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The Wild Backstory Behind the Noguchi Table
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The Noguchi Table, first released by Herman Miller in 1948, is almost as recognizable as it is unique. Sometimes called the bi-morphic table, the design is a simple one, made from just three pieces: a free-form plate-glass top with flat polished edges, and a self-stabilizing tripod made of two interlocking curved legs of solid walnut. The table, an indisputable icon, almost didn’t happen though.
The son of a Japanese poet and an American writer, Isamu Noguchi was born in Los Angeles in 1904. Two years later, he moved to Japan with his mother before returning to the U.S. in his teenage years. After abandoning a pre-med program at Columbia University, Noguchi would go on to take sculpture classes on New York’s Lower East Side. The next decade included a Guggenheim Fellowship and extensive travel across Asia, Latin America, and Europe. Still far from commercial success, Noguchi survived on portrait sculpture and design commissions.
The story of that iconic table starts in 1939, when Noguchi designed a custom rosewood and glass table for A. Conger Goodyear, the President of the Museum of Modern Art. He submitted a similar version of that design in response to a request from British furniture designer T.H. Robsjohn-Gibbings, but never received a reply.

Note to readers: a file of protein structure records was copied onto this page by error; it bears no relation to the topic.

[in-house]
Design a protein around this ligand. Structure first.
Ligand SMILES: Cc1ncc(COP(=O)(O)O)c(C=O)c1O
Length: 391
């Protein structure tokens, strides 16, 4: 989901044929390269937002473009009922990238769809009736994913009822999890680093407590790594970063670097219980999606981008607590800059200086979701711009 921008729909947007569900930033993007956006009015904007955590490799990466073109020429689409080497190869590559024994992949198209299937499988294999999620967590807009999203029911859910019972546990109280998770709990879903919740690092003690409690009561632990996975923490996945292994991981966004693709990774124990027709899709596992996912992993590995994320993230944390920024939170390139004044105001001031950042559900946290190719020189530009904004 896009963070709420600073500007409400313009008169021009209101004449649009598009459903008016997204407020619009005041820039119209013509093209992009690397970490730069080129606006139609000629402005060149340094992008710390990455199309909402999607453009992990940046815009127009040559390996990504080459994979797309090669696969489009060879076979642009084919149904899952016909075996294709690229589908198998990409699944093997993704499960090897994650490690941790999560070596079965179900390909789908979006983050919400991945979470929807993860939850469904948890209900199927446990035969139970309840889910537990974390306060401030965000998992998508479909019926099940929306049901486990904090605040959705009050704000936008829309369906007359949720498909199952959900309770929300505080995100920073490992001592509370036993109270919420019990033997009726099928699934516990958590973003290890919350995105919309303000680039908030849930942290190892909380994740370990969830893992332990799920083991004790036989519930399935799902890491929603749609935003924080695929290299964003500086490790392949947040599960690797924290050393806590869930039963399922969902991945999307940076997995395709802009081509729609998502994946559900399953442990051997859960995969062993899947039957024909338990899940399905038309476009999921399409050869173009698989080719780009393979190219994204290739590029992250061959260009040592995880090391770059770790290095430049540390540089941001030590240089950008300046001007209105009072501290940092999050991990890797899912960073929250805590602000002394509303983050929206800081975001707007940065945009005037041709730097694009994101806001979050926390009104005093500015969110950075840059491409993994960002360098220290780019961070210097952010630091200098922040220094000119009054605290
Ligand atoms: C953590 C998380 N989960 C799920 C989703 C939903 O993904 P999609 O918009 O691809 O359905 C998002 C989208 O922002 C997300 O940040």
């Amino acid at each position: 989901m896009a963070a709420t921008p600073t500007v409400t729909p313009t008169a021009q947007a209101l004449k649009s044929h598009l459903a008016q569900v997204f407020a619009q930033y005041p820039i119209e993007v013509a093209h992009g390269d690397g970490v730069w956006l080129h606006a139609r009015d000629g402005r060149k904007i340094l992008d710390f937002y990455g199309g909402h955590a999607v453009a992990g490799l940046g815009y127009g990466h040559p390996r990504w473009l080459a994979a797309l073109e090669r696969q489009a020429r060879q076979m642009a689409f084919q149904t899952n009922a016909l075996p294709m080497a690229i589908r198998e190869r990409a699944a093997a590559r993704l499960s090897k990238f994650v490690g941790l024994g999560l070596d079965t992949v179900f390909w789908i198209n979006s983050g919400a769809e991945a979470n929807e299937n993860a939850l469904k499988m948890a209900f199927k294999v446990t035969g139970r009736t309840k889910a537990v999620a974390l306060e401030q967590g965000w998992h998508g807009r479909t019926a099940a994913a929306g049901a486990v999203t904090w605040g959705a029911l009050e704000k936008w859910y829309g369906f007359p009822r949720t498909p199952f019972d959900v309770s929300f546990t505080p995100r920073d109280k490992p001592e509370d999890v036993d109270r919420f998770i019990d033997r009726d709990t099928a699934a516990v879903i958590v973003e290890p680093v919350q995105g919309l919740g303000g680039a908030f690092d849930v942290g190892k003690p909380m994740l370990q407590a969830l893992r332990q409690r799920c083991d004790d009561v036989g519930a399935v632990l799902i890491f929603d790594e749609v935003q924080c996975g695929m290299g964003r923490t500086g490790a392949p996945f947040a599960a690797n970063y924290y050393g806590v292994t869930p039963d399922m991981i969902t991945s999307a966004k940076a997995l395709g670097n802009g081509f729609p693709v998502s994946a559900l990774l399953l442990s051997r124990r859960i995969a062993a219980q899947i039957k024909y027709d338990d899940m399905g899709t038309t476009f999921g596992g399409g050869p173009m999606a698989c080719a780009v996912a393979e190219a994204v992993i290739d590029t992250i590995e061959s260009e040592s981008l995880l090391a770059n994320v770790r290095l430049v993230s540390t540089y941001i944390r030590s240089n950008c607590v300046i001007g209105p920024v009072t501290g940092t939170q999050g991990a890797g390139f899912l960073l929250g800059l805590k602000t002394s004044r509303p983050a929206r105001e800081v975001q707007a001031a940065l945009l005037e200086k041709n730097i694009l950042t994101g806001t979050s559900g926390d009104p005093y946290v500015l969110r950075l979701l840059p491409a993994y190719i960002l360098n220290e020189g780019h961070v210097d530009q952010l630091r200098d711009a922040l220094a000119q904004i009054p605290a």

Everything changed however, when, in 1941, Pearl Harbor was attacked. The subsequent backlash and unjust internment of Japanese Americans affected Noguchi deeply and thrust him into the role of political activist. In 1942, he voluntarily left New York City to join his fellow Japanese Americans, intering himself at the Colorado River Relocation Center (Poston) internment camp. The artist hoped to teach arts and crafts classes to help improve conditions at the camp. His art supplies never arrived, and his design suggestions were ignored. While browsing a magazine, Noguchi discovered an ad for a table similar to his design, mass-produced by none other than Robsjohn-Gibbings, without credit or compensation.
Irritated by the theft of his design, Noguchi took action. Receiving a short-term furlough from the camp, he headed straight back to New York. Perhaps more motivated than ever before, he perfected his table design and teamed up with Herman Miller for production in 1947. The “Noguchi” table proved to be a massive success, outshining the copy-cat design of Robsjohn-Gibbings. Noguchi named the table after himself, of course, eliminating the possibility of anyone forgetting who had designed it.
Throughout a lifetime of creativity, Isamu Noguchi designed gardens and plazas, murals and fountains, furniture and paper lamps, and stage sets. When reflecting on his career, he noted that of all the designs he created, the table that bears his name represented his greatest success. To learn more, you can visit the Isamu Noguchi Foundation Garden and Museum in Long Island, New York.
“Everything is sculpture. Any material, any idea without hindrance born into space, I consider sculpture.”
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